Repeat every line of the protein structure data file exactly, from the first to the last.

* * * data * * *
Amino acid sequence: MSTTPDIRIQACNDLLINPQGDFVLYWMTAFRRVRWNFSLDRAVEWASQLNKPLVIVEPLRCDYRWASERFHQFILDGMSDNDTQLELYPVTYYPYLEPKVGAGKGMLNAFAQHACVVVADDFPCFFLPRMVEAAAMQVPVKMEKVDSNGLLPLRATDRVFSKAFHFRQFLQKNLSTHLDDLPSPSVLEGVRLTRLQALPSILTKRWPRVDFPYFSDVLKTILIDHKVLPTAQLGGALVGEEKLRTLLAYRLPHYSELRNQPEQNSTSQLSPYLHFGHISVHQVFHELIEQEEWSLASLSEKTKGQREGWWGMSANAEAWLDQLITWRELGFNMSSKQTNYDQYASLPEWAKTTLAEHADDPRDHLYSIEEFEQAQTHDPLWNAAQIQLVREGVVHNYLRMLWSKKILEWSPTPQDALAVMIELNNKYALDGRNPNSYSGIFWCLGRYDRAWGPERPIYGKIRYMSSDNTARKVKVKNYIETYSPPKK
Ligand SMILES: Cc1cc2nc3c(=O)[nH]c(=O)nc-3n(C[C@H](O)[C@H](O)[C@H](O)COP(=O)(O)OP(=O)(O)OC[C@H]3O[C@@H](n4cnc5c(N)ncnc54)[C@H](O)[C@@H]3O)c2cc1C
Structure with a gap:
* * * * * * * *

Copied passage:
Amino acid sequence: MSTTPDIRIQACNDLLINPQGDFVLYWMTAFRRVRWNFSLDRAVEWASQLNKPLVIVEPLRCDYRWASERFHQFILDGMSDNDTQLELYPVTYYPYLEPKVGAGKGMLNAFAQHACVVVADDFPCFFLPRMVEAAAMQVPVKMEKVDSNGLLPLRATDRVFSKAFHFRQFLQKNLSTHLDDLPSPSVLEGVRLTRLQALPSILTKRWPRVDFPYFSDVLKTILIDHKVLPTAQLGGALVGEEKLRTLLAYRLPHYSELRNQPEQNSTSQLSPYLHFGHISVHQVFHELIEQEEWSLASLSEKTKGQREGWWGMSANAEAWLDQLITWRELGFNMSSKQTNYDQYASLPEWAKTTLAEHADDPRDHLYSIEEFEQAQTHDPLWNAAQIQLVREGVVHNYLRMLWSKKILEWSPTPQDALAVMIELNNKYALDGRNPNSYSGIFWCLGRYDRAWGPERPIYGKIRYMSSDNTARKVKVKNYIETYSPPKK
Ligand SMILES: Cc1cc2nc3c(=O)[nH]c(=O)nc-3n(C[C@H](O)[C@H](O)[C@H](O)COP(=O)(O)OP(=O)(O)OC[C@H]3O[C@@H](n4cnc5c(N)ncnc54)[C@H](O)[C@@H]3O)c2cc1C
Structure with a gap: